This program has taken a four-tiered approach to care delivery: volunteer community health workers are trained to provide health education and minor treatments; Basic Health Centers, typically established in remote or rural locations, offer essential curative care as well as maternal and child care; Comprehensive Health Centers offer diagnostic, treatment, and referral services as well as emergency maternal care; and Referral Hospitals provide secondary care and other specialized services.

Rural Development

The majority of Afghanistan’s citizens still live in rural areas; however, residents of these areas are often left behind by development activities that concentrate on less isolated and more densely populated regions. AKDN works to support and connect these rural communities through a range of different programs and activities.

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These efforts include: participatory governance programs, which aim to empower local communities to identify their own needs and create and implement their own development projects; programs on agriculture and natural resources management, which move beyond simply distributing agricultural commodities and instead focus on providing farmers with the tools and education they need for a sustainable livelihood; and initiatives to improve access to finance, so that rural communities and families without basic financial services can save for the future and protect their existing assets.

Humanitarian Assistance

Unfortunately, war and conflict are not the only difficulties that affect Afghanistan; the country is highly prone to multiple natural disasters as well. Earthquakes are a frequent occurrence in Afghanistan’s mountainous northern regions. Additionally, landslides often follow earthquakes, and floods are common in the spring due to heavy rains and melting snow.

AKDN works with Focus Humanitarian Assistance, which has been operating in Afghanistan since 1996, to help provide disaster relief efforts and to assist at-risk communities with preventative measures. Specific initiatives in this area include avalanche preparedness, which trains local villages on avalanche safety and establishes weather monitoring posts to gather data needed to predict the likelihood of avalanches striking; the management of emergency stockpiles, which can currently provide food and relief for over 2,000 families in some of Afghanistan’s highest-risk areas; and the creation of community emergency response teams, which help get relief as quickly as possible to areas hit by disaster without having to wait for mobilization efforts from farther away.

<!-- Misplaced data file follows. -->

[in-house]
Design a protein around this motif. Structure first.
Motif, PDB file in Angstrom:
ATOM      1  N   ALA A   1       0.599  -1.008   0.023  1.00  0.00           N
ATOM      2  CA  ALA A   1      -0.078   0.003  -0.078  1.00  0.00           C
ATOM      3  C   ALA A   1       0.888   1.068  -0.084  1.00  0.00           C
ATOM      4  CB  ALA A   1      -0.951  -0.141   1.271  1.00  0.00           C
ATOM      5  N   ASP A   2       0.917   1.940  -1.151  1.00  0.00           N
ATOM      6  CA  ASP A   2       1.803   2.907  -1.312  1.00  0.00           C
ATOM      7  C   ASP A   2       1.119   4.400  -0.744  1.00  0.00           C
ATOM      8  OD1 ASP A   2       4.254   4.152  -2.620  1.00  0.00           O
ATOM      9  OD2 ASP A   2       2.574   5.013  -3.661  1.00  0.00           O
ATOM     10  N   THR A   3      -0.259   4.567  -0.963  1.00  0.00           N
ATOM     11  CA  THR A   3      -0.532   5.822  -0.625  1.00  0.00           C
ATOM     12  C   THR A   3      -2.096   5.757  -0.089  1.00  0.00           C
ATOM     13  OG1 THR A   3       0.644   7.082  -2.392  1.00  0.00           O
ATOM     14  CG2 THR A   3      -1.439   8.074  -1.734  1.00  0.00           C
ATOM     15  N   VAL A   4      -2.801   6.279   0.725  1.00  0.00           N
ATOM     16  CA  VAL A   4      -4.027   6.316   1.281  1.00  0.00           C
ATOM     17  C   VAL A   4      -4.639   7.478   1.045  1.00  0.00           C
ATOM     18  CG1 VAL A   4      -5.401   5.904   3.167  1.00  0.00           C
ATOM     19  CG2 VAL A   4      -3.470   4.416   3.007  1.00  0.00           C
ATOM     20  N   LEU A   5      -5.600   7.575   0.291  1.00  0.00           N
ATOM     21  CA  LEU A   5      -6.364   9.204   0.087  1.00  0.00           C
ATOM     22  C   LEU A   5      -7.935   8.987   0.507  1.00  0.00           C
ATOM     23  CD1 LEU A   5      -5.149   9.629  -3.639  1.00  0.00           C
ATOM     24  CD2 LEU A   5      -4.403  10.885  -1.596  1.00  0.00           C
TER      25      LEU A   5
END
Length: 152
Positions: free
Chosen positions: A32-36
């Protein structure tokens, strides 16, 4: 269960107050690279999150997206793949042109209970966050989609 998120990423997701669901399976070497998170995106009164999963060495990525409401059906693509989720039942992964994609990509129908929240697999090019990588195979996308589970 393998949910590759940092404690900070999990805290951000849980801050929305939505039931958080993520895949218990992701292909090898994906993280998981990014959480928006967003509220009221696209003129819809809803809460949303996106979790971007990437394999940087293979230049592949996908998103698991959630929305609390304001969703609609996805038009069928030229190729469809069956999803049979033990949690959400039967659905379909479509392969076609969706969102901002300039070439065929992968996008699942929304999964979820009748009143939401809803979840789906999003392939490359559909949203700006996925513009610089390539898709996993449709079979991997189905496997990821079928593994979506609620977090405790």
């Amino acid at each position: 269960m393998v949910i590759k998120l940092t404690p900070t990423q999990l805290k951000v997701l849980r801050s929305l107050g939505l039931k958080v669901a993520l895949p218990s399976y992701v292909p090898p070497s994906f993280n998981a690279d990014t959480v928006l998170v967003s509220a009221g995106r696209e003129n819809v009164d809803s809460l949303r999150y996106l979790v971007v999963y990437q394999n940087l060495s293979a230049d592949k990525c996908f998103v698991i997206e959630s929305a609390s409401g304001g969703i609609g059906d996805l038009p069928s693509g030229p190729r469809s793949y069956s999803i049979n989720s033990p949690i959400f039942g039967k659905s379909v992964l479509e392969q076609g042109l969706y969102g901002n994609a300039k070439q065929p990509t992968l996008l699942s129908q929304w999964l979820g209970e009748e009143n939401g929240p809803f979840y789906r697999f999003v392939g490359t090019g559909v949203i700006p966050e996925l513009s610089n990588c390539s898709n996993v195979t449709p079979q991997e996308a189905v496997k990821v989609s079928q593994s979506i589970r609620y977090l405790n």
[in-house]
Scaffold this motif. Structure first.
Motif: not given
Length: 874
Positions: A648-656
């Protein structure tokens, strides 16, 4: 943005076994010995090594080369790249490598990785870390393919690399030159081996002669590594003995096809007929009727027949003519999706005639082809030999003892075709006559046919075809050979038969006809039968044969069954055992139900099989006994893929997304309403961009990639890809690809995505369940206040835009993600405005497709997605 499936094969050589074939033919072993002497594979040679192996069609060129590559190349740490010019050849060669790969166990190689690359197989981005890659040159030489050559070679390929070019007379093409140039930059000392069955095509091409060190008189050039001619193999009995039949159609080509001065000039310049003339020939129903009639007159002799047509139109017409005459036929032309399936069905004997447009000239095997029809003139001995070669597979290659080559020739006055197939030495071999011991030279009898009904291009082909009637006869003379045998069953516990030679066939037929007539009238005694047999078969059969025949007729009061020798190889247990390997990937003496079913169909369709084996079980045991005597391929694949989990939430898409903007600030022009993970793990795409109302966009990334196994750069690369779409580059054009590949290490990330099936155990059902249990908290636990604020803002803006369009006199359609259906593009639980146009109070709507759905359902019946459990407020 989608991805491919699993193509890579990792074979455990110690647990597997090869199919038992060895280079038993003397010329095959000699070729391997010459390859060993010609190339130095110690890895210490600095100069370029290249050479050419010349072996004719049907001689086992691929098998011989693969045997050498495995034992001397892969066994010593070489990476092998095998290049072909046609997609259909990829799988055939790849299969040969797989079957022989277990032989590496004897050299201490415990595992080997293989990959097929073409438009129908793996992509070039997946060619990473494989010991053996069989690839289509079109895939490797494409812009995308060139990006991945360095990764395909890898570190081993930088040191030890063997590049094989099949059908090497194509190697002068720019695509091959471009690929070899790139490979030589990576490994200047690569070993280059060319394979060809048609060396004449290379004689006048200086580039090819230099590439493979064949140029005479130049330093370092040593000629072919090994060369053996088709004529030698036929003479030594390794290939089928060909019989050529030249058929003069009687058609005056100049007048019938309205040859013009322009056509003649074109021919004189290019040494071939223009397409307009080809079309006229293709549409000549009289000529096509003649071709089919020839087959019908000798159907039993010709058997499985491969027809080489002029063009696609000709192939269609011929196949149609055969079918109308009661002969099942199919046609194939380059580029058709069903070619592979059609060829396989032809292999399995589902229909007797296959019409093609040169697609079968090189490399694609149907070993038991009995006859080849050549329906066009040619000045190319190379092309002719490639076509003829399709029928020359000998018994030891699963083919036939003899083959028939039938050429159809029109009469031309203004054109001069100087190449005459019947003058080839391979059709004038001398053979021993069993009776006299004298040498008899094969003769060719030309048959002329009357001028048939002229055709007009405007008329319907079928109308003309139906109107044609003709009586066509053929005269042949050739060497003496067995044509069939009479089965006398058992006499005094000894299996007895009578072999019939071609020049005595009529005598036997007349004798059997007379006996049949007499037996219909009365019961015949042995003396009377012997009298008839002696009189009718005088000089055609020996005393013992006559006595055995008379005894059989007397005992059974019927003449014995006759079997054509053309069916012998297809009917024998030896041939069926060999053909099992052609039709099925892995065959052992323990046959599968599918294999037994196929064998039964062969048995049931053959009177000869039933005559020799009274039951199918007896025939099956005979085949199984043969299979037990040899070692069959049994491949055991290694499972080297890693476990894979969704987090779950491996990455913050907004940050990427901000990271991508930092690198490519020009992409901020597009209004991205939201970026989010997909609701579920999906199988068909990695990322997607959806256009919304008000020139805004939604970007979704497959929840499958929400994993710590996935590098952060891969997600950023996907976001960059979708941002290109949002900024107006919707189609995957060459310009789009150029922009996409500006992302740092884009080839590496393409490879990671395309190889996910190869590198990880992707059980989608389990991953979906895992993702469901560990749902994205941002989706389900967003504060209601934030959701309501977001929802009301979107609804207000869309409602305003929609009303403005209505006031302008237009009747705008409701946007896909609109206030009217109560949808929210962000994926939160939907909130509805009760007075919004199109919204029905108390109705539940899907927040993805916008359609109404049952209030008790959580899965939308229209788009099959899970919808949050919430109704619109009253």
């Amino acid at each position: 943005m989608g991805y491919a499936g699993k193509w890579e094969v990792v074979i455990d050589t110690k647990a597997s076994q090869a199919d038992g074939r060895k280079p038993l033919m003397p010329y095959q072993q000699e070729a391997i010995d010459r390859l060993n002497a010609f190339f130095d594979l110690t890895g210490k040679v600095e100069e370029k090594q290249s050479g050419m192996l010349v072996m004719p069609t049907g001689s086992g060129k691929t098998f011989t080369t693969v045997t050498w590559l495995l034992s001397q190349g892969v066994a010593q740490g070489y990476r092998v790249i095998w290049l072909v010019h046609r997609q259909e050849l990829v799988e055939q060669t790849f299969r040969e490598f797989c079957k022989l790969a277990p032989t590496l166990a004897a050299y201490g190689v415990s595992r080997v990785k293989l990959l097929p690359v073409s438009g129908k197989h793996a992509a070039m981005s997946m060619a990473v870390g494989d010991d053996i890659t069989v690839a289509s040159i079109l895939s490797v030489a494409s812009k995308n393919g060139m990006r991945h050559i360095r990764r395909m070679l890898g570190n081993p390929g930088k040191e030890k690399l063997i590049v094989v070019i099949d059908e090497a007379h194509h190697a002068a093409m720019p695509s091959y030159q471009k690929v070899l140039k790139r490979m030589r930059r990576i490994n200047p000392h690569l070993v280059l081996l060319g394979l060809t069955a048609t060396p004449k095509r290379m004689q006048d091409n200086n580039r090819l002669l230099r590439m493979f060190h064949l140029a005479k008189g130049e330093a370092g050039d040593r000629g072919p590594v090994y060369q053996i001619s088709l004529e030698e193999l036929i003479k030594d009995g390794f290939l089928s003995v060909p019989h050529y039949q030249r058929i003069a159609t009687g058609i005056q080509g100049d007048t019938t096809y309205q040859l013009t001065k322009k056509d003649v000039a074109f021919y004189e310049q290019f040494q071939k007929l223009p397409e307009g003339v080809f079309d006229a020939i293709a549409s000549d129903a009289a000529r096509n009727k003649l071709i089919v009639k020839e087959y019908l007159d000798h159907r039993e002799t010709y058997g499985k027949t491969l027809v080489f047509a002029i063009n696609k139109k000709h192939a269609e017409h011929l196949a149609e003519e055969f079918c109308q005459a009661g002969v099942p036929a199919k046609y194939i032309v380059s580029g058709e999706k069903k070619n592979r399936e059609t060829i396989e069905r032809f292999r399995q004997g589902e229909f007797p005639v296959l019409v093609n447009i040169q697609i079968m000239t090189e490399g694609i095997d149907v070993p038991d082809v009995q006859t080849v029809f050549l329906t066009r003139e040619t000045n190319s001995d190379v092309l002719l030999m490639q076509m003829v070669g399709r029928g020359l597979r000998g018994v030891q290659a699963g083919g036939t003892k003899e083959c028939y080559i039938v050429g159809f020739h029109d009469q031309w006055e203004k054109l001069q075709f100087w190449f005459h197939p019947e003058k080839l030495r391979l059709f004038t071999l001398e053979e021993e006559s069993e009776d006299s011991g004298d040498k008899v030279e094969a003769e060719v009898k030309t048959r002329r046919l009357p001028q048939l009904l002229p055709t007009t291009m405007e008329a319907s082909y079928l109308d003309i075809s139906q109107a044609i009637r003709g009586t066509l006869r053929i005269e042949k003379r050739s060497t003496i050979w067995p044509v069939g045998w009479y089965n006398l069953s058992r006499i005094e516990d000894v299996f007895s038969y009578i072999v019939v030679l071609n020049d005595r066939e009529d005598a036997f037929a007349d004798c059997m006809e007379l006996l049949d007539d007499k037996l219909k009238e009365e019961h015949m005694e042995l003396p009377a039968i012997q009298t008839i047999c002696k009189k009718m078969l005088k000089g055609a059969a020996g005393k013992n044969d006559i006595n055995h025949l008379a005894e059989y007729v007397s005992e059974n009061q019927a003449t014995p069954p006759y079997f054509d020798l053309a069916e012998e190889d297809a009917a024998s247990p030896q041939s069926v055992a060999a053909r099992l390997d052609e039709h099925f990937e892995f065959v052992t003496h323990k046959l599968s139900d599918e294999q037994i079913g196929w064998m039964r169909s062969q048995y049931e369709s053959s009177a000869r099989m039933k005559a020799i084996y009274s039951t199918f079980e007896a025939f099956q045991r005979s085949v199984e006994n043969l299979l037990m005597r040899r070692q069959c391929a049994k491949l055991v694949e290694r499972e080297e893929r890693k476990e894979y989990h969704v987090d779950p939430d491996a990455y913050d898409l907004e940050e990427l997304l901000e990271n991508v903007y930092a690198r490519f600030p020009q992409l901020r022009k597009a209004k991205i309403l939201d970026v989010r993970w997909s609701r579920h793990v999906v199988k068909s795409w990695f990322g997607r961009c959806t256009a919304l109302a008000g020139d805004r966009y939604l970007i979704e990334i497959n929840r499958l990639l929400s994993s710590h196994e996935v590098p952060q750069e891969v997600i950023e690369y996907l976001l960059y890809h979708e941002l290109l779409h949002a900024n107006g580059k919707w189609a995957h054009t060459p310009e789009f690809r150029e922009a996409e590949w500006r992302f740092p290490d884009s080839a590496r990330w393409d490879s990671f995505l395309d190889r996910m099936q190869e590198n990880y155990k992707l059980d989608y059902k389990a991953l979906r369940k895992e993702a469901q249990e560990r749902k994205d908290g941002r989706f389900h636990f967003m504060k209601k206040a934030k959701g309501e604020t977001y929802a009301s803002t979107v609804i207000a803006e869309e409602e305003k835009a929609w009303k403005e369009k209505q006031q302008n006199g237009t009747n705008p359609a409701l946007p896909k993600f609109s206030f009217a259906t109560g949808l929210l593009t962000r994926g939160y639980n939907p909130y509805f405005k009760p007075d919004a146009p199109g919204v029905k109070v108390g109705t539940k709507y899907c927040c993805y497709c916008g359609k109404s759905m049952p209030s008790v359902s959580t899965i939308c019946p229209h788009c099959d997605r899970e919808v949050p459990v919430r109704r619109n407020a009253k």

Cultural Development

AKDN takes its role in helping conserve and restore Afghanistan’s cultural heritage very seriously. To date, through its Aga Khan Trust for Culture branch, AKDN has restored and rehabilitated dozens of historic public buildings, public open spaces, pedestrian walkways, houses, and monuments in three Afghan cities, including the famous Babur’s Gardens in Kabul.

cultural development

Another important cultural initiative recently launched by AKDN is the establishment of two schools of classical Afghan music, one in Kabul and one in Herat. These institutions help revitalize Afghanistan’s rich musical tradition, which is currently in danger of disappearing.

Microfinance

As of 2013, it was estimated that only 9 percent of adult Afghans held an account at a formal financial institution. To address this challenge, AKDN was working to establish microcredit programs in Afghanistan as early as 2002.

In 2004, the organization launched First Microfinance Bank. It was the first of its kind under Afghanistan’s then-newly-developed regulatory structure as well as a pioneering force in connecting underserved Afghans with innovative and flexible microfinance products. These, in turn, help drive vital economic development, particularly in rural areas.